The Murrawijinie caves are named after the ancient and invaluable hand stencils made by tribal man, that can be found just inside the entrance of the caves. The first two caves are the most popular, and they’re the province of desert birds seeking a safe nesting site and refuge.

Don’t be afraid to clamber into the Murrawijinie Caves. They are a world like no other. You should remember, however, that you are stepping into a timeless cathedral where the spirits of the Dreamtime watch over your deeds. These wild caves are timeless places and they offer a valued life source of ground water and drip water for desert creatures and provide rare natural shelter. 

The cave entrances are formed by the dangerous collapsed dolines in the vast limestone karst of the Nullarbor, which is the biggest karst in the world. The temperature is 10 degrees cooler than outside, which is a huge attraction to wildlife who are commonly nocturnal hunters. In discovering more about the wildlife of the waterless plain, one of our entertainments is to brush the soft desert sands around our camp and check in the morning for prints and tracks of night visitors. Trying to identify the prints can be fun for the kids and adults alike. 

Carrying your own water supply on the Nullarbor is also a must, as you can’t rely on public water resources. Aside from the natural rock holes and pools, which are a scarce wilderness treasure, there are only a few wells built by cameleers and resource managers and water is as precious as gold out on the arid plain.

 

The Treasures of the Underworld

There are world-class treasures to be found within the Oondiri Caves, such as the hand stencils from the era of the desert hunters who trekked hundreds of miles across the featureless Oondiri guided only by the song-lines, the hunt and the Lore. They found rare places to rest in the cool, underground recesses with their women and children.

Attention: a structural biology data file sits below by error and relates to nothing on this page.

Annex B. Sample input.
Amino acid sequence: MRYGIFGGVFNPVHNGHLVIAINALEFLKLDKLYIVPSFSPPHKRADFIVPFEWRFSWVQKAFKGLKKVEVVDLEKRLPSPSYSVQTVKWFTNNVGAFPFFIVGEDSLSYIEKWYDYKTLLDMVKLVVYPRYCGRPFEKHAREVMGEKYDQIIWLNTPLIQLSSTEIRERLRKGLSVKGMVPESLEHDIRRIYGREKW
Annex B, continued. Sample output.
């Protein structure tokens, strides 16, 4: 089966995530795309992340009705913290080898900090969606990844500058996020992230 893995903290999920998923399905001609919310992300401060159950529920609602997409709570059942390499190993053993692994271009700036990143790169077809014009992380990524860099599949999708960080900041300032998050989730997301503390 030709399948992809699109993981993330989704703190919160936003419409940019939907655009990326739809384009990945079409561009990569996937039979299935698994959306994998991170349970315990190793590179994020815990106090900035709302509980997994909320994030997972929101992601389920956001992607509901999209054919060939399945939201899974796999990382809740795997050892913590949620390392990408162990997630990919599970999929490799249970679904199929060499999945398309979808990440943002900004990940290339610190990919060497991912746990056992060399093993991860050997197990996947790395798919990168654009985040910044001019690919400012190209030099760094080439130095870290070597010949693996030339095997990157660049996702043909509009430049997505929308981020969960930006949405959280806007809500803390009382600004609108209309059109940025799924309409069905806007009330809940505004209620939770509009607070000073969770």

There are nesting birds, but in particular keep a look out for pythons and other creatures of cool dim places. Deep in the Murrawijinie Caves they have found the complete skeleton of the largest marsupial predator to ever hunt on the vast waterless plain, in a time when the Oondiri was more forest than desert. But closer to the shadowy cave entrances you can commonly find small bones scattered about; and for the inexperienced caver, content yourself with these early discoveries. 

The truly ancient remains of the thylacoloeo carnifex (a prehistoric marsupial lion), along with many other unique Australian megafauna, has been found on the underworld of the Oondiri – but caves are dangerous places. This ferocious beast stood 1.5m from head to tail and possessed the ability to sit upright like the kangaroo, yet the caves managed to kill him along with so many others.

 

The Prehistoric Graveyard of Naracoorte SA

If you have a desire to explore the unique and ancient graveyards of megafauna which once roamed across the continent, then plan an excursion to Naracoorte National Park in South Australia. Here you can easily delve into the hidden past of this unique and ancient world. Many of the limestone caves harbour secrets, and Naracoorte is the easiest of accessible doors into this prehistoric world.

Aside from accessible shelter, ancient man primarily used the caves for sacred ceremonies
and occasionally for mining of precious material. Deep in these caves you are dealing with the breath of the Spirit Creatures, as the Oondiri truly lives and breathes… sucking and drawing creatures to their death. In visiting the many blow holes along the Eyre Highway you will discover what I mean.
The ancient spirits claim their own;
so don’t let them suck you in.

 

The Draw of the Dive-caves

The deeper ‘lake caves’ found out on the Oondiri Plain are an attraction for cave divers and are internationally renowned. In 1988, the Cocklebiddy Caves (one of Australia’s more spectacular cave systems) claimed a number of lives and forced the closure of this dive cave for many years. There is an Australian film made in 2011 relating to the tragedy and, although it is about the Esa’ala Cave in Papua New Guinea, it is based on events at Cocklebiddy and was mostly shot in Australia. This movie is entitled Sanctum. So if you’re inexperienced, but adventurous, this is one Aussie flick worth tracking down. It will take you deep into the world of the cave diver, and it’s a journey you’ll not forget.